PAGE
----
Sadness has existed in multiple forms and has been addressed and dealt with in countless ways,regardless of how one’s culture may choose to address and identify it. As a book blogger, my main area of interest and concern is on the treatment of mental illness by authors and how they use characters as victims of this serious, yet somehow overlooked illness, how plot is used to unravel and explore all the little yet detrimental symptoms of a mental illness and the ways in which an author’s writing and descriptions of their characters speaks, in and of itself, on mental illness.

As a blogger, writer, editor, academic, active reader, I have met and had several relationships with characters and have, throughout the years have been left with the scars, marks and, in conclusion, love and a certain intimacy with certain characters, their stories and the voices from which they were told. Here below I’m sharing with my readers not the books that I feel are therapeutical and relieve readers of their gloom. Instead these books are what I like to call “How To’s On How To Never Stop Being Sad.” Each and every one has touched my heart in one way or another, never fulfilling it, more often than not emptying it bit by bit. No one is ever in search of sadness but when they, or at least I, find it in between pages it is not a sort of sadness that breaks but rather one that bends, making the heart all the more stronger.  Continue reading “Books To Remind You How To Never Stop Being Sad”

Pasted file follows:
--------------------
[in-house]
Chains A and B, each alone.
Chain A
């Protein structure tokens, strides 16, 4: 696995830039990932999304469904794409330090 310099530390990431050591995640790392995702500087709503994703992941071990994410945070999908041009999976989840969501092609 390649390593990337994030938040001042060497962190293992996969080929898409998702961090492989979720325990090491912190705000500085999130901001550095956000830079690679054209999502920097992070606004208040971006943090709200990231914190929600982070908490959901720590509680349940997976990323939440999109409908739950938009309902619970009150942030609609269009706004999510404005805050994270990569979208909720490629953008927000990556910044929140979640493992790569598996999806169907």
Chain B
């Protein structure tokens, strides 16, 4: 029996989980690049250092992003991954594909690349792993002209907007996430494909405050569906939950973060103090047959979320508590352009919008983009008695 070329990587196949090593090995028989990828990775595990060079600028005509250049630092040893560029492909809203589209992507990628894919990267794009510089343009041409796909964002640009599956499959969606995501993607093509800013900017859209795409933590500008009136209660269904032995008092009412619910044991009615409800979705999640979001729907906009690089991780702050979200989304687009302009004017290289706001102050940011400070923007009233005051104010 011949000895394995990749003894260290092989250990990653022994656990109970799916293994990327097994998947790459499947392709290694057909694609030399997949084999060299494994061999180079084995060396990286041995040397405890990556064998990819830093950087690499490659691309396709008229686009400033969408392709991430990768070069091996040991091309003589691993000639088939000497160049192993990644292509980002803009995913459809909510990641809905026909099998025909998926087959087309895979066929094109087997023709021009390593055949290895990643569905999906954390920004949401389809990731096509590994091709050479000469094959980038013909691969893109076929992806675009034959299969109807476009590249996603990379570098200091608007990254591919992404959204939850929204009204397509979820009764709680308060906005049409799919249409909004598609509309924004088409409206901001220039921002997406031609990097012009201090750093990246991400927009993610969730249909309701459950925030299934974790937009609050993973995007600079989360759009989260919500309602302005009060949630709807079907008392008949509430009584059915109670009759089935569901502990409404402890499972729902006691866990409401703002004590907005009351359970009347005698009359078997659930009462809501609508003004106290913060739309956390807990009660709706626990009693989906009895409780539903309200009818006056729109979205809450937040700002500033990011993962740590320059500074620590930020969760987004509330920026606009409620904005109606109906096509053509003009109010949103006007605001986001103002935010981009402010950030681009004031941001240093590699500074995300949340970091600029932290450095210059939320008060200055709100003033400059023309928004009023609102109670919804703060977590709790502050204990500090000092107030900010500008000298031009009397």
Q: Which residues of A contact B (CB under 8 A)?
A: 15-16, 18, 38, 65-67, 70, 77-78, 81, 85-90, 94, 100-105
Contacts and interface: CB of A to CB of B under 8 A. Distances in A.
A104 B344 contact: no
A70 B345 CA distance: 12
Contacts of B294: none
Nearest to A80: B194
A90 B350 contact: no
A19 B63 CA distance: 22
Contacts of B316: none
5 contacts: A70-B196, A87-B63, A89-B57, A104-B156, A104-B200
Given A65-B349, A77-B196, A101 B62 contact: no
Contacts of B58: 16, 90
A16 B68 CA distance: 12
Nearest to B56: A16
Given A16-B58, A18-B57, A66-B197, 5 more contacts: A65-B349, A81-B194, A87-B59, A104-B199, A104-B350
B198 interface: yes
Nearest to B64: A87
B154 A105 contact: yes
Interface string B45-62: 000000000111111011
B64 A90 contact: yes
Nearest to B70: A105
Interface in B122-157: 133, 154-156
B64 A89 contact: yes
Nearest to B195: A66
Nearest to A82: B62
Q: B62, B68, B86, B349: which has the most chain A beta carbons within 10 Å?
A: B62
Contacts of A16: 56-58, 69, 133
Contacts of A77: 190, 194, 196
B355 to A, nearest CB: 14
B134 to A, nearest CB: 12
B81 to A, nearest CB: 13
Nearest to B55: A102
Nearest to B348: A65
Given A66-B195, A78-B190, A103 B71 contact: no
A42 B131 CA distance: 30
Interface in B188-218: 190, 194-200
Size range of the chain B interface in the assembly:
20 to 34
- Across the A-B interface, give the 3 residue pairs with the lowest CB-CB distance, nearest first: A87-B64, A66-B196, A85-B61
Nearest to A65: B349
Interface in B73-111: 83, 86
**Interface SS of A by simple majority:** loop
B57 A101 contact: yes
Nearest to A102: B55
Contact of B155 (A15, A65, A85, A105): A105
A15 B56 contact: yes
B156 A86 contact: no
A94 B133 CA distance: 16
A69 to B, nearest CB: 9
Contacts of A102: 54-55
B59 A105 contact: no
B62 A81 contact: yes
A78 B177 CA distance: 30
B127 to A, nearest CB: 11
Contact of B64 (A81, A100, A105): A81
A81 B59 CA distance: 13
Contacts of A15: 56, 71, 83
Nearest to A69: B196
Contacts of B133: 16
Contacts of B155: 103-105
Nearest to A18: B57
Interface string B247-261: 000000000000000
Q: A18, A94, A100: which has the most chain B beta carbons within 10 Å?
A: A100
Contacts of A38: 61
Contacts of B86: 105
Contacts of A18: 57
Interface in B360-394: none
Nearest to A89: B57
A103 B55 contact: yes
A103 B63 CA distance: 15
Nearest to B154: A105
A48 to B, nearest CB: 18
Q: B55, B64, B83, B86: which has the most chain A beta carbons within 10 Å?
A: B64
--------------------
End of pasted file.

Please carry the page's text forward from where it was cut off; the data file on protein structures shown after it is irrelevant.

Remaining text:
ARC Review: The Dark Beneath The Ice

Title: The Dark Beneath The Ice

Author: Amelinda Bérubé

Publisher: Sourcebooks Fire

Expected Publication Date: August 7, 2018

Genre: Young Adult, Horror/Thriller, LGBTQ

Rating: 2.5 Stars

I received an ARC copy of The Dark Beneath the Ice by Amelinda Bérubé in exchange for an honest review. Thanks goes to NetGalley, as well as the publisher, Sourcebooks Fire for this advanced copy which was recently released on August 7, 2018.

Dear fellow Babblers,

I’ve read very few ARCs in the last few months as I have devoted my time and energy to traveling, relocating to New York and focusing on personal physical and mental wellness. I’ve mainly kept my reading schedule close to my most beloved authors along with some rereads here and there. However, reading the Goodreads blurb of this new title, now one of the most trending amongst the Young Adult reader community I just couldn’t help myself. This short teaser offered by Goodreads gave me oh such high hopes for an epically thrilling read. I was sadly disappointed with no greater sinking feeling than being misled and sadly disappointed. A book of such great potential but has been executed in such a way that the horror is nothing more than banal mockery, attempting to match up to Paranormal Activity and Black Swann.  Continue reading “ARC Review: The Dark Beneath The Ice”

Review: History is All You Left Me

Title: History Is All You Left Me

Author: Adam Silvera

Publisher: SOHO Tean

Publication Date: January 17, 2017

Genre: YA, LGBTQ, Mental Illness